Fairview School District's Concealed Carry Rule Drawing Attention
There’s a debate brewing in south central Missouri regarding a rural school district’s decision to allow employees to carry a concealed weapon if they’ve successfully completed 40 hours of training. As KSMU’s Rebekah Clark reports, parents of some of the students in the Fairview School District near West Plains didn’t know about the new rule until it appeared in the local paper.
Gun regulation is a hot political issue in the United States right now, especially in lieu of recent school shootings like the one at Sandy Hook Elementary School. That shooting left 26 people dead, 20 of them students.
In reaction to this event, the Fairview School District recently decided that employees could carry concealed weapons during school hours. If an employee chooses to do so, they must complete 40 hours of training before they are permitted to bring the concealed weapon onto school property. The identity of the employee carrying the concealed weapon is not disclosed, under the federal Safe Schools Act.
According to a press release from the firearms training program Shield Solutions, several employees from the district are now “able to carry concealed firearms while on the job for the protection of the school’s students” and staff. The release says that trainees underwent extensive background and drug testing, as well as psychological examinations.
Long-time educator Cindy Wright was among the seven school board members to unanimously vote in favor of the policy change. She says she hopes and prays no trained employee will ever have to use a weapon in or around the school, but she thinks it’s important to be prepared for the worst-case scenario.
“Our school district is about seven miles out K Highway. The soonest any law enforcement could get to us, if called, would be ten minutes. I mean, that is the absolute soonest. In ten minutes, a lot of things could go wrong. We have really trained these individuals. They’ve got more training than your average concealed carry,” Wright says.
One issue some parents have is that they weren’t notified of the board’s decision to approve the firearm training until a few weeks after it was implemented. Shield sent out a press release after the employees completed their training to notify the media and parents. When asked why parents weren’t involved in the decision before it was implemented, Wright says the board wanted to keep everything as normal as possible.
“We just felt that this was the best thing to do, and we didn’t want to spark the controversy in the first place because we wanted to have these people well-trained and in place. These people have been in place for a couple of weeks now, and nobody has noticed anything different. We didn’t want it to be a big issue; we just wanted school to go on, and kids to keep on learning,” Wright said.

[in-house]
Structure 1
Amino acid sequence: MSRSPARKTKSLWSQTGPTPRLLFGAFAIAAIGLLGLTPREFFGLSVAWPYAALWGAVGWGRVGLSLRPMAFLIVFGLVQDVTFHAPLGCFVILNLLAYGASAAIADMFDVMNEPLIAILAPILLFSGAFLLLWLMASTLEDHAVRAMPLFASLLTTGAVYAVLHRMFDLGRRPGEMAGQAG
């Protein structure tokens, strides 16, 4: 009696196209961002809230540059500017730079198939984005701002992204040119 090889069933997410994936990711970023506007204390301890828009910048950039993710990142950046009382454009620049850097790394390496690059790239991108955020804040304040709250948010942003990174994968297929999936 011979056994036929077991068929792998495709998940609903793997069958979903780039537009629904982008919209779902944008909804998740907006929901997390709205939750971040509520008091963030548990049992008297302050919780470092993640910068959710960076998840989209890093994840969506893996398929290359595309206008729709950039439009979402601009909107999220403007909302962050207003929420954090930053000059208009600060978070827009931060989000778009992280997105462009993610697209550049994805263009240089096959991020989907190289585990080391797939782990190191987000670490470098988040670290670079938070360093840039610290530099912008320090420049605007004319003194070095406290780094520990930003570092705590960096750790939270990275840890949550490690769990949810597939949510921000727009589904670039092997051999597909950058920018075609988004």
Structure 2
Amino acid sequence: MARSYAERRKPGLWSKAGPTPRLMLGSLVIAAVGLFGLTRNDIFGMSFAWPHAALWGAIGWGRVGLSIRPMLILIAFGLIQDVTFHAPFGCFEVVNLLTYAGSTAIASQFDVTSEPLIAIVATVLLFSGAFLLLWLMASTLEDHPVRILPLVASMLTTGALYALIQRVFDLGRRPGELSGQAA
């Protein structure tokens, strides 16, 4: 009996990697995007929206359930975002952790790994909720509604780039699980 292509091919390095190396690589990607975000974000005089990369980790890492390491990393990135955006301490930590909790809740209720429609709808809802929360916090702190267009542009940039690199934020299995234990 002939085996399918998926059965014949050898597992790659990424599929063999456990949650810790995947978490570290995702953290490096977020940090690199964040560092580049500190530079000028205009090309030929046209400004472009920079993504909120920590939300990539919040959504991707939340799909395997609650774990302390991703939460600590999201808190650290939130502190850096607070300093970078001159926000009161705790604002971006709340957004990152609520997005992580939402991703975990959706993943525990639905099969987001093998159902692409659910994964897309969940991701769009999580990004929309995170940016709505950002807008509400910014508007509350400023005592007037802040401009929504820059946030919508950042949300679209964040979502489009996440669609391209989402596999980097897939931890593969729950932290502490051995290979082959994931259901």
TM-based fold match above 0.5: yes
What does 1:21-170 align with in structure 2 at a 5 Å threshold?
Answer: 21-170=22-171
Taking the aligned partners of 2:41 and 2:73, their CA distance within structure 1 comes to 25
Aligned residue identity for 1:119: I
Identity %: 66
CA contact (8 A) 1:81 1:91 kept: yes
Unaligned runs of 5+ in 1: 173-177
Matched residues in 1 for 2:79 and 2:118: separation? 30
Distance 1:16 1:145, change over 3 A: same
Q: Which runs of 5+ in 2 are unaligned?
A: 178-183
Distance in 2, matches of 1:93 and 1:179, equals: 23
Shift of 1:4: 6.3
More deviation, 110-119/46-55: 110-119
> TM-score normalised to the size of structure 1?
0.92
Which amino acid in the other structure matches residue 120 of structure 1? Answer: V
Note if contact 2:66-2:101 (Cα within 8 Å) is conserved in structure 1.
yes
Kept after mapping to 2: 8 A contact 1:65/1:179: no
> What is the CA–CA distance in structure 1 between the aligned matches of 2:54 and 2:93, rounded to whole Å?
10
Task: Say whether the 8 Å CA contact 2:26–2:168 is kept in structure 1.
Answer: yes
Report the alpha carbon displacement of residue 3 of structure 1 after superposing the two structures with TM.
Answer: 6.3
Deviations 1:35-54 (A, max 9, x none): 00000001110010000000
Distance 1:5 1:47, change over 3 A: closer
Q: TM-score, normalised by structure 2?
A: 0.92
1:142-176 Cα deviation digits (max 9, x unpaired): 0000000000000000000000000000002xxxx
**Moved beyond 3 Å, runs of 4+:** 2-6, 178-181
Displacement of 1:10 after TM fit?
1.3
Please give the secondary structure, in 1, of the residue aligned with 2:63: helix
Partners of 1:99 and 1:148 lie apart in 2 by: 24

However, some parents say they didn’t hear about the policy change and are upset they found out through a local newspaper article printed in The Daily Quill on Thursday. People like Jessica Nease, a stay-at-home mom and new resident to the area, who up until this week planned to enroll her child into Fairview’s preschool program.
“If I had seen some sort of notification, I would have absolutely been there to express my concerns and to ask pointed questions about their policies, liability issues, safety concerns…all of those things. I would have felt much better knowing that my questions had been answered before the decision had been passed,” said Nease.
Nease now says she’s not going to put her child into the school system. Instead, she will be homeschooling.
“I’m even contemplating not staying in West Plains. If this is kind of the road people are going down, I just don’t feel like it’s a community that I want to stay in.”
Brian Martin is president of the Fairview School Board.
“We wanted to make sure the parents knew as the program was implemented. That’s why the press release was made,” Martin said.
Martin added that school security has been a topic discussed by the school board since September, and said that the meetings, by law, are open to the public. But Martin said very few parents attend the meetings.
KSMU: “Just so I have this clearly, they [parents] could have known all about this, is what you’re saying, if they had attended the meetings?”
Martin: “Well, of course there’s certain aspects of the program that are specific to school security that can never been released to the public. Those are items that… if you need explanation on that Shield Solutions would probably be the best avenue for that to explain that policy. But as far as discussing short security issues we have been discussing those.”
We reached out to Dan Wehmer, Shield’s executive vice president.
“In terms of notifying parents, I really can’t address that. I mean, I’m not a patron of the Fairview School District. What I can tell you is that, from our perspective, what’s private is first and foremost the identity of what we call, Select Employees. It’s imperative that their identities remain confidential. To that end, it’s not public who was trained, who we trained, and in essence, the nature of the type of training that was provided to them.”
In terms of the legality of the school’s board decision, the Missouri Department of Elementary and Secondary Education has released a document outlining the regulations Missouri school districts can take regarding firearms, as part of Missouri Law section 571.030. The law, which makes it unlawful to carry a loaded or unloaded firearm into any school, has several exceptions, including those with a valid conceal and carry permit with permission from the board.
For KSMU News, I’m Rebekah Clark.